- Department of Public Health
Media Contact for State public health officials raise risk level for EEE to high in 2 more southeastern communities
Ann Scales, Director of Media Relations
Boston — The Massachusetts Department of Public Health (DPH) today announced that the risk level for eastern equine encephalitis (EEE) virus in the communities of Bridgewater and Halifax in Plymouth County has been raised from moderate to high. The risk level for East Bridgewater, Hanson, Pembroke, and West Bridgewater in Plymouth County has been raised to moderate. This brings the total of communities at high or critical risk to eight. There has been one human EEE case this year.
On August 8, DPH, the Massachusetts Department of Agricultural Resources (MDAR), and the State Reclamation and Mosquito Control Board (SRMCB) announced that aerial spraying for mosquitoes will take place in specific areas of Plymouth County and a small part of Bristol County. Spraying is planned to begin this evening, Monday, August 10 but is weather and equipment dependent.
The 25 communities in the spray zone are Bridgewater, Carver, Duxbury, East Bridgewater, Halifax, Hanover, Hanson, Kingston, Lakeville, Marion, Mattapoisett, Middleborough, Norwell, Pembroke, Plymouth, Plympton, Rochester, Rockland, Wareham, West Bridgewater, and Whitman in Plymouth County, and Acushnet, Easton, Raynham, and Taunton in Bristol County. The final spray map is available online.
EEE is a rare but serious and potentially fatal disease that can affect people of all ages. There were 12 human cases and six deaths in 2020. Before that, the most recent outbreak years were 2004-2006, and 2010-2012. There were 22 human cases of EEE infection during those two outbreak periods with 14 cases occurring among residents of Bristol and Plymouth Counties.
EEE virus has been found in 46 mosquito samples this year and 80 percent of them are from species of mosquitoes capable of spreading the virus to people. Information about current mosquito activity will continue to be updated regularly and can be found here.
All residents are reminded to use mosquito repellent any time they are outside, and those in high and critical risk communities are advised to schedule their outdoor activity to avoid the dusk to dawn hours to reduce exposure to the mosquitoes most likely to spread EEE. DPH recommends the following:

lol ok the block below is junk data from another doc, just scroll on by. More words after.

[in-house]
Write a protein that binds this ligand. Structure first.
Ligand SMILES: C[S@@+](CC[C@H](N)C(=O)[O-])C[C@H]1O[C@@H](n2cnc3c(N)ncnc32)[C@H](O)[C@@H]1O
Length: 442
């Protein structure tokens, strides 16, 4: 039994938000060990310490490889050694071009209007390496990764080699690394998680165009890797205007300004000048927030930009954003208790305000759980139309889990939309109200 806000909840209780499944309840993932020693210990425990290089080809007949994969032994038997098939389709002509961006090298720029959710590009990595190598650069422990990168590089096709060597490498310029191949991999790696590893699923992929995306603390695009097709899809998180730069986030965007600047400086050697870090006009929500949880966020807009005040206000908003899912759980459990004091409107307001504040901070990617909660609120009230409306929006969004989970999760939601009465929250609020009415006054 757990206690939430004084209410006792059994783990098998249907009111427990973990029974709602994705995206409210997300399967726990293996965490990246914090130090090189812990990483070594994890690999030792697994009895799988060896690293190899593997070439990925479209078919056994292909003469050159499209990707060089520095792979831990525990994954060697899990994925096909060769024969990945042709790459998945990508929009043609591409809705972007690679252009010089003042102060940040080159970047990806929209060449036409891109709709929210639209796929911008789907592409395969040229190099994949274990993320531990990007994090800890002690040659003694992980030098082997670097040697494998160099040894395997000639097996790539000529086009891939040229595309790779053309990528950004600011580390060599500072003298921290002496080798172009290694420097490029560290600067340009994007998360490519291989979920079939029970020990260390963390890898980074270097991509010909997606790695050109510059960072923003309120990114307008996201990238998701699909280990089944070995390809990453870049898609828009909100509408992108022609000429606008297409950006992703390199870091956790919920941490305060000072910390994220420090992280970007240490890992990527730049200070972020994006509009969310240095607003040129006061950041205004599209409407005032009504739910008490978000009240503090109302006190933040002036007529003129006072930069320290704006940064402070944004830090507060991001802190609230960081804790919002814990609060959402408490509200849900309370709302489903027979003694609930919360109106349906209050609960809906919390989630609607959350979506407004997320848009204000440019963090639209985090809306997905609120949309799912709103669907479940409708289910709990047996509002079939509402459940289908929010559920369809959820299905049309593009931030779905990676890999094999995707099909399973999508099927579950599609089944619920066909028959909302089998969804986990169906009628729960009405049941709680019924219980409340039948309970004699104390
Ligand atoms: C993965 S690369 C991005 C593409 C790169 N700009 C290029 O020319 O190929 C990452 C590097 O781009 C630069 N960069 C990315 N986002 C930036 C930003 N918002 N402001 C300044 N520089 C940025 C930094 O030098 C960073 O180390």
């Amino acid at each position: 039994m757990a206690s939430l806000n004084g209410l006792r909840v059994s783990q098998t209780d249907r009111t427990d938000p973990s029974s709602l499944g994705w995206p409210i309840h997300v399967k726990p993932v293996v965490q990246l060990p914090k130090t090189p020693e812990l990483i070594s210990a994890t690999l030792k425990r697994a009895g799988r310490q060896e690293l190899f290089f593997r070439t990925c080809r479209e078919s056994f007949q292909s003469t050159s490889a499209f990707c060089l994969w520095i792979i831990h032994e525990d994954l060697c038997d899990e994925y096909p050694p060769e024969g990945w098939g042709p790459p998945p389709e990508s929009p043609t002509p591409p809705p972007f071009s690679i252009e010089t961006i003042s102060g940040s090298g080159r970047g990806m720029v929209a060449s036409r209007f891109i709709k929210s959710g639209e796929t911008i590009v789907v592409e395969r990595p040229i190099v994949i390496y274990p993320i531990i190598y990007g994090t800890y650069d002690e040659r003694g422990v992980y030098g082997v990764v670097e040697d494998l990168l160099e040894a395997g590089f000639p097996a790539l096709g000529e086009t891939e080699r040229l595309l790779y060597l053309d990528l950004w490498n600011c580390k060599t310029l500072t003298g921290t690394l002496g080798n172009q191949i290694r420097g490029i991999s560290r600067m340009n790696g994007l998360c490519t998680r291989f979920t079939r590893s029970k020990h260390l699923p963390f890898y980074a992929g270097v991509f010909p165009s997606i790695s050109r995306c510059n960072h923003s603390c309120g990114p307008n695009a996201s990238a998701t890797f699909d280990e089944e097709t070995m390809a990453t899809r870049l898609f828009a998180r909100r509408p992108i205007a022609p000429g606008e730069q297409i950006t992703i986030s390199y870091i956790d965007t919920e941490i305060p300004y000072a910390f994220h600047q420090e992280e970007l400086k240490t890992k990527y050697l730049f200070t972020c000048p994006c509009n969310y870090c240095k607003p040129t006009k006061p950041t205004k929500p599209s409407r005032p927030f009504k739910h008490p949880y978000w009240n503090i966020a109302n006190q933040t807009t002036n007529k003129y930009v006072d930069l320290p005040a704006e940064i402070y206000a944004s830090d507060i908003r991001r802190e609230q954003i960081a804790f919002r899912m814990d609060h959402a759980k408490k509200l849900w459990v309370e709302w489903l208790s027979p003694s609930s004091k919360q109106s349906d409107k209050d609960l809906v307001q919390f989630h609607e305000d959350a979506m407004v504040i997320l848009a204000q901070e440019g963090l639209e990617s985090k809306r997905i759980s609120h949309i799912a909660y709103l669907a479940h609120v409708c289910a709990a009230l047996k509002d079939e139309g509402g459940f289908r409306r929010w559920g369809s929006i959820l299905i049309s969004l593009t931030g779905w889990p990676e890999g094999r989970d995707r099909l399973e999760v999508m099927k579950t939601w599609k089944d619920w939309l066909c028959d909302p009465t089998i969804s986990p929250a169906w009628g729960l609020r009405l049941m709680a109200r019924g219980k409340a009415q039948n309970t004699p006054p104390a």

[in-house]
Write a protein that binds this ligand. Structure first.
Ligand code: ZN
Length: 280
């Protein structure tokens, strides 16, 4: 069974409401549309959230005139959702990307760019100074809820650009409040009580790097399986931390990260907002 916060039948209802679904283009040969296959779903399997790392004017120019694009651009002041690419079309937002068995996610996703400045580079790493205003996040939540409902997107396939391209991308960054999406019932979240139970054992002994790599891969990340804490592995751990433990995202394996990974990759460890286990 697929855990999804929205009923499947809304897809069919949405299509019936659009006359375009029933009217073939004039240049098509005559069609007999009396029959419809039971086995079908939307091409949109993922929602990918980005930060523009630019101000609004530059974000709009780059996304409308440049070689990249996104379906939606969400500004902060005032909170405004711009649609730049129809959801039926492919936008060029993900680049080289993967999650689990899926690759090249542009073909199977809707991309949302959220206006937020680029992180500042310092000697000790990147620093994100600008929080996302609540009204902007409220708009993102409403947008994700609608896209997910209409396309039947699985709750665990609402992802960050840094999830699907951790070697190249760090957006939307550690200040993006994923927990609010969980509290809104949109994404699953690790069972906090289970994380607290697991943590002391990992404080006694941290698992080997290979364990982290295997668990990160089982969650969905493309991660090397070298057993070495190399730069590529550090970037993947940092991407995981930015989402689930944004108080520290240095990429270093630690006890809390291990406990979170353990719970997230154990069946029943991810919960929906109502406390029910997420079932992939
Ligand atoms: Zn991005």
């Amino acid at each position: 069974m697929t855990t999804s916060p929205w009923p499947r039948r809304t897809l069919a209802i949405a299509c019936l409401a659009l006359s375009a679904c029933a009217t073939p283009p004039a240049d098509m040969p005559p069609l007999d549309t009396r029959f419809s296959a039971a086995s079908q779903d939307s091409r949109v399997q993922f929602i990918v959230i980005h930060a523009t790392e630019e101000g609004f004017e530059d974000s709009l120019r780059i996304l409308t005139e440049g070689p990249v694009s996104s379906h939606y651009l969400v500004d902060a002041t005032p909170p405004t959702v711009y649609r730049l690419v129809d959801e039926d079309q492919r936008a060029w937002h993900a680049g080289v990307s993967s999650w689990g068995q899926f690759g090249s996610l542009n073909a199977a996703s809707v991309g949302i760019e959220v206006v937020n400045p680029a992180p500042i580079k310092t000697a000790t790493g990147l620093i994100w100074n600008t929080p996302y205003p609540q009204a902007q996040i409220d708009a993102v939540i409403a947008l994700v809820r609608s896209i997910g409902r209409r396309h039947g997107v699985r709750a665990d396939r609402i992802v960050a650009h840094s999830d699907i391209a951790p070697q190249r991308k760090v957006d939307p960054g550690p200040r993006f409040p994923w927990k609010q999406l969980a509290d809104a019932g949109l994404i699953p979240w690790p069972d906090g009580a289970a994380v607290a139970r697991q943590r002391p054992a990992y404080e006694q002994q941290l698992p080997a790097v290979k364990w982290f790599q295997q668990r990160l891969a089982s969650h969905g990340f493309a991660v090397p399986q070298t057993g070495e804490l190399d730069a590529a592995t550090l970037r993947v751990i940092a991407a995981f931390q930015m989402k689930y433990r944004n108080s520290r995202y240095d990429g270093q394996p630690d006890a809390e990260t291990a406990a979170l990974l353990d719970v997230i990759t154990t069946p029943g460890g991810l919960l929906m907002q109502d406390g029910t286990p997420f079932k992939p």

Avoid Mosquito Bites
Apply Insect Repellent when Outdoors. Use a repellent with an EPA-registered ingredient (DEET (N, N-diethyl-m-toluamide), permethrin, picaridin (KBR 3023), oil of lemon eucalyptus [p-methane 3, 8-diol (PMD)] or IR3535) according to the instructions on the product label. DEET products should not be used on infants under two months of age and should be used in concentrations of 30% or less on older children. Oil of lemon eucalyptus should not be used on children under three years of age.
Be Aware of Peak Mosquito Hours. The hours from dusk to dawn are peak biting times for many mosquitoes. Consider rescheduling outdoor activities that occur during evening or early morning in areas of high risk.
Clothing Can Help Reduce Mosquito Bites. Wearing long-sleeves, long pants and socks when outdoors will help keep mosquitoes away from your skin.
Mosquito-Proof Your Home
Drain Standing Water. Mosquitoes lay their eggs in standing water. Limit the number of places around your home for mosquitoes to breed by either draining or discarding items that hold water. Check rain gutters and drains. Empty unused flowerpots and wading pools, and change the water in birdbaths frequently.
Install or Repair Screens. Keep mosquitoes outside by having tightly-fitting screens on windows and doors.
Protect Your Animals
Animal owners should reduce potential mosquito breeding sites on their property by eliminating standing water from containers such as buckets, tires, and wading pools – especially after heavy rains. Water troughs should be flushed out at least once a week during the summer months and horse owners should keep horses in indoor stalls at night to reduce their risk of exposure to mosquitoes. Owners should speak with their veterinarian about mosquito repellents approved for use in animals and vaccinations to prevent WNV and EEE. If an animal is suspected of having WNV or EEE, owners are required to report to DAR, Division of Animal Health by calling 617-626-1795 and to DPH by calling 617-983-6800.
For information on Mosquito Control activities, visit the Massachusetts Department of Agricultural Resources webpage at State Reclamation and Mosquito Control Board (SRMCB).
For other updates about EEE in Massachusetts, visit the DPH webpage www.mass.gov/eee.
Information including all West Nile virus and EEE positive results can be found on the Arbovirus Surveillance Information web page or by calling the DPH Epidemiology Program at 617-983-6800.